2012-07-09 13:37:18

Archbishop of Jos: foreign intervention to stop violence

(Vatican Radio) The Catholic Archbishop of Jos, Ignatius Kaigama spoke to Vatican Radio's Linda Bordoni and expressed his deep, deep sadness for the fact that "lives are being taken very casually. This doesn't seem to stop. it seems to increase. It is not only the ordinary villagers who are being killed, but also some senior government officials. It is so bad,and it is our prayer that something definitive will be done to stop the situation that is inhuman".

Dozens of people have been reported killed this weekend in the Nigerian Plateau State where ongoing violence has seen repeated attacks, mainly against the Christian community.
Two Nigerian politicians died on Saturday during an attack on a funeral for victims of communal violence that led to at least 37 deaths.
The military said the funeral assault and Saturday's attacks on Christian villages near Jos in Plateau state were probably carried out by the same men.
Muslim herdsmen from the Fulani ethnic group were blamed for the violence, but they denied any wrongdoing.
The military had said a total of 37 people were killed on Saturday, including two policemen, about 21 of the attackers and 14 Christian villagers.
But other sources put the death toll much higher and reported piles of burnt bodies being discovered.

Archbishop Kaigama, who is currently in Rome where he was awarded a prize for peacebuilding, says he has been speaking to his priests in Jos who feel sad and helpless. He says "there was a time when our words were very therapeutic in the sense they provided soccour for the people, and comfort. But when people are attacked repeatedly they despair". And now - he says they are desparate and frustrated.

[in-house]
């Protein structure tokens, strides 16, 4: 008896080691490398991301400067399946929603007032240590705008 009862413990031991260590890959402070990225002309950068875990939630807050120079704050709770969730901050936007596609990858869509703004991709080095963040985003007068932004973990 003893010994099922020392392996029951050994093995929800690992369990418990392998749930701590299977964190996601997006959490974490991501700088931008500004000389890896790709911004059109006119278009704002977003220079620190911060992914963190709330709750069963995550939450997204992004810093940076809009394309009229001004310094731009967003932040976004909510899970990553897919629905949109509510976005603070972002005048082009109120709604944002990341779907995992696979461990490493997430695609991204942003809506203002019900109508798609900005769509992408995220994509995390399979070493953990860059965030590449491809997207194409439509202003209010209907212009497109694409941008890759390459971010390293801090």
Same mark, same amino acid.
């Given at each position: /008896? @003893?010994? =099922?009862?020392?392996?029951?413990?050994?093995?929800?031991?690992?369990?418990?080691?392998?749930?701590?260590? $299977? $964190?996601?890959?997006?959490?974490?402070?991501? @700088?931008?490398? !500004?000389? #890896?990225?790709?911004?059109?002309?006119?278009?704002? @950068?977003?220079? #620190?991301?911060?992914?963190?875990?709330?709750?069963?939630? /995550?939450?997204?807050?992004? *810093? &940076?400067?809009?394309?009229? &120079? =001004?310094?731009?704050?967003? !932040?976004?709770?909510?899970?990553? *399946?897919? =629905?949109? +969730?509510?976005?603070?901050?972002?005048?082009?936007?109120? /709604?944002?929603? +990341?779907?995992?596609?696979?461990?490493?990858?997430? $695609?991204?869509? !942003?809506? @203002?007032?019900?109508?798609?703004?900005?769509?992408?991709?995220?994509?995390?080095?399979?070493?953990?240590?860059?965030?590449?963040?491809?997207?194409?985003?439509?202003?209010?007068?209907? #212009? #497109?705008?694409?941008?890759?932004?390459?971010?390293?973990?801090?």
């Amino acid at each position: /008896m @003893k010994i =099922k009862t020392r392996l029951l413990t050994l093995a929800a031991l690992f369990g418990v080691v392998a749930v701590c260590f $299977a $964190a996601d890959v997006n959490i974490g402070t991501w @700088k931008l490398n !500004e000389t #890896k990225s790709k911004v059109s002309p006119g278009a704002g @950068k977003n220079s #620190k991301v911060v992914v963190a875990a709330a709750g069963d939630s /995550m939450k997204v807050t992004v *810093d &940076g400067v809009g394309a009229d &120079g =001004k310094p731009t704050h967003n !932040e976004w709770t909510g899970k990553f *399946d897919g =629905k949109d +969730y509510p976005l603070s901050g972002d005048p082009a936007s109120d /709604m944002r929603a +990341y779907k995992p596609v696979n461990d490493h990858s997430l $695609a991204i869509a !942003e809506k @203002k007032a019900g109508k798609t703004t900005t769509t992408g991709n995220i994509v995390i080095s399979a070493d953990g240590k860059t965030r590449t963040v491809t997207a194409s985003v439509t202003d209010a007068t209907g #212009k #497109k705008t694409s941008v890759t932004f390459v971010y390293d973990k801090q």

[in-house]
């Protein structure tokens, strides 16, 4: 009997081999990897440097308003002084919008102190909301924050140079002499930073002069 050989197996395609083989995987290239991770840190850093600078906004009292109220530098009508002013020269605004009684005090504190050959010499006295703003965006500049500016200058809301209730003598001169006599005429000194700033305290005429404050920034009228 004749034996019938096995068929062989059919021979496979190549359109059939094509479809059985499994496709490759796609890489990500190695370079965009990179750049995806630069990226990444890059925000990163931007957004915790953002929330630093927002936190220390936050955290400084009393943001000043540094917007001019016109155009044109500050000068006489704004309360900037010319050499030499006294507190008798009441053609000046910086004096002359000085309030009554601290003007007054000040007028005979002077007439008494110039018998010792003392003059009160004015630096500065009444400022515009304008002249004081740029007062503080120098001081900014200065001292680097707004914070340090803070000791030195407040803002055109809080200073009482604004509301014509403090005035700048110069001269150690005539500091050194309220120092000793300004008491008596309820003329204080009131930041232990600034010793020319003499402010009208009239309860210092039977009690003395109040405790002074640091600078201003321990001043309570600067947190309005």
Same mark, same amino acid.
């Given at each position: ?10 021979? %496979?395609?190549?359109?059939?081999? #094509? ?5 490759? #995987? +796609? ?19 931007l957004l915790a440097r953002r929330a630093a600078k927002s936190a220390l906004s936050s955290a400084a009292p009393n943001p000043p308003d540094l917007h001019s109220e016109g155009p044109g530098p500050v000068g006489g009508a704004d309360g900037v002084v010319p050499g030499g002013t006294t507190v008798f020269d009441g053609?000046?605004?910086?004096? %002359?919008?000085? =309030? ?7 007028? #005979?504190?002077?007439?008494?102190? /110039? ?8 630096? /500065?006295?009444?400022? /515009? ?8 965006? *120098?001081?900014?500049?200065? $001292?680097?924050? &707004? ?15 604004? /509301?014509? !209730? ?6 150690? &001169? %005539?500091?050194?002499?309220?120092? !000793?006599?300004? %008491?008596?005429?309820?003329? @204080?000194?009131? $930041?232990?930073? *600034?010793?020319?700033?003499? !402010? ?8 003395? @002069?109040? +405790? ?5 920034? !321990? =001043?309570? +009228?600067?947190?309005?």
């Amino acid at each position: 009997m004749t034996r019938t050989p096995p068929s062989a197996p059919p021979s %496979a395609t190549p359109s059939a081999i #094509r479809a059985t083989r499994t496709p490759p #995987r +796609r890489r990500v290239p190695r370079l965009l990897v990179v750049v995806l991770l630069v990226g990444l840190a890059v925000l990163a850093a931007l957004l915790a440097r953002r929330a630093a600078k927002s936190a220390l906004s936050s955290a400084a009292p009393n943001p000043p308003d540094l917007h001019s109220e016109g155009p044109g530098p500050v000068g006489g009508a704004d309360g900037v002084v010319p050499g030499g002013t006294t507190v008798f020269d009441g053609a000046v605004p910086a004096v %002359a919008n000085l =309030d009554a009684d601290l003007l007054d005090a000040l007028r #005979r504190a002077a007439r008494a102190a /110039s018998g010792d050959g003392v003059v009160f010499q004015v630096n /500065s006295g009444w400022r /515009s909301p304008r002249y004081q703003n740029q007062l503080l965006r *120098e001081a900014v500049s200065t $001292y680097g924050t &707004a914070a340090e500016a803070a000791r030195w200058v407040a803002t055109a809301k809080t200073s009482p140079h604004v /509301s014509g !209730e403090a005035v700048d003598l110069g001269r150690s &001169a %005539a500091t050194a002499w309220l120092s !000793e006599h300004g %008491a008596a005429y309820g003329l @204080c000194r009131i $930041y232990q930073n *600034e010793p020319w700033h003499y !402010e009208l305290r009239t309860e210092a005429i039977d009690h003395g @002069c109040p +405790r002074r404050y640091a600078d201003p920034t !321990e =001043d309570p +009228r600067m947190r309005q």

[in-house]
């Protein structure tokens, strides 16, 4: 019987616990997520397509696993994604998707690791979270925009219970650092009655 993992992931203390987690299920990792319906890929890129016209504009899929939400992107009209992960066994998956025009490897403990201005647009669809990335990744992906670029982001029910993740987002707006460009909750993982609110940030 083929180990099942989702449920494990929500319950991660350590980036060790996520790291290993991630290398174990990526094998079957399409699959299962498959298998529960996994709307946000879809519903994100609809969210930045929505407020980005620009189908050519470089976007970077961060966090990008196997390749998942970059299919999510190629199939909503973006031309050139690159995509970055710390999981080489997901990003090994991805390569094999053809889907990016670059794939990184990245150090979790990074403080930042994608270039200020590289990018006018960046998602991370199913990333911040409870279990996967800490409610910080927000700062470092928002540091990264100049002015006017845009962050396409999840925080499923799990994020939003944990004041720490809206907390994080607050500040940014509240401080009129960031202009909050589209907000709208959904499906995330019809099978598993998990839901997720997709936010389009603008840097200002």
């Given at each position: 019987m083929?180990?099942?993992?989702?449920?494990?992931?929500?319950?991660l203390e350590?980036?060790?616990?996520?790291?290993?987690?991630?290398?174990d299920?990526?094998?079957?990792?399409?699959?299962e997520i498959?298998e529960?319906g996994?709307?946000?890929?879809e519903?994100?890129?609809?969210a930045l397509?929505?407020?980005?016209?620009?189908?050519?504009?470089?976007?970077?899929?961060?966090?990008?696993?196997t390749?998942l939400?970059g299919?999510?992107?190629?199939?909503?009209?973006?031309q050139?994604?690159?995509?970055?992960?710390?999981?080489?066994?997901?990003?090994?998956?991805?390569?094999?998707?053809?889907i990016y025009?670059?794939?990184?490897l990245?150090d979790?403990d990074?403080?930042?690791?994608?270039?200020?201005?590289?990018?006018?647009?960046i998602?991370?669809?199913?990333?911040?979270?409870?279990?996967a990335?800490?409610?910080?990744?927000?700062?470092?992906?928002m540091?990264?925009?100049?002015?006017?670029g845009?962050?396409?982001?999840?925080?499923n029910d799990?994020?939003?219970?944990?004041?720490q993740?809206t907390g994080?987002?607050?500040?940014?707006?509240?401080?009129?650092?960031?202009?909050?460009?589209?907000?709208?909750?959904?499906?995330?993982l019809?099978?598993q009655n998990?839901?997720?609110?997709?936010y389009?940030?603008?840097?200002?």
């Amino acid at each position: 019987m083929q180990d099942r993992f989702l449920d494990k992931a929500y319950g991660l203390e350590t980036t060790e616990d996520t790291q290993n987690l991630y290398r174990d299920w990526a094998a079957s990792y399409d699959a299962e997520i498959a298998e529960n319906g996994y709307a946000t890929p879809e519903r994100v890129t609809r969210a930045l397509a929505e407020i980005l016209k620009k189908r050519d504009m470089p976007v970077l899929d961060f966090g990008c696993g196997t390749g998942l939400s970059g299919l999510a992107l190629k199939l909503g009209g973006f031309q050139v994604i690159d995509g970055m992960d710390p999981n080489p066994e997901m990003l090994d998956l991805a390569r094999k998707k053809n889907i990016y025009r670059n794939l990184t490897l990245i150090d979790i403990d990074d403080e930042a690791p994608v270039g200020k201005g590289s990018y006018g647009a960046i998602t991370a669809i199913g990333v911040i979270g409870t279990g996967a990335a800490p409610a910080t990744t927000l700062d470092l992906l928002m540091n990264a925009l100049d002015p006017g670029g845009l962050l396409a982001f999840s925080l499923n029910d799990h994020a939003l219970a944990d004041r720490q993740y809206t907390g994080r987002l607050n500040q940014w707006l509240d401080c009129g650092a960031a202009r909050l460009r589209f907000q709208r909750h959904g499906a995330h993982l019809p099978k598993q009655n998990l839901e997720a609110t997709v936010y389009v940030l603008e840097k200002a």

The Archbishop says he spoke to Plateau State Governer, whom he says, is devcstated. "He told me he believes that the attackers were people hired from outside to come and cause this havock. He believes they were hired and armed. He does not believe that the attackers were local Fulanese from the area".

Archbishop Kaigama says he has received many expressions of solidarity and he on the request of the Federal House of Representatives he will be celebrating Mass in Rome on Wednesday morning in sign of solidarity.

The Archbishop says he believes that "the issue must be approached collectively". He says "the issue of security cannot be left to just one country or one area. There has to be a collective effort. He says he believes that with some proper intelligence networking, intelligence gathering" the violence can be stopped.

He says that "foreign governments should help in the area of intelligence and equipment to gather intelligence and stop this menace..."

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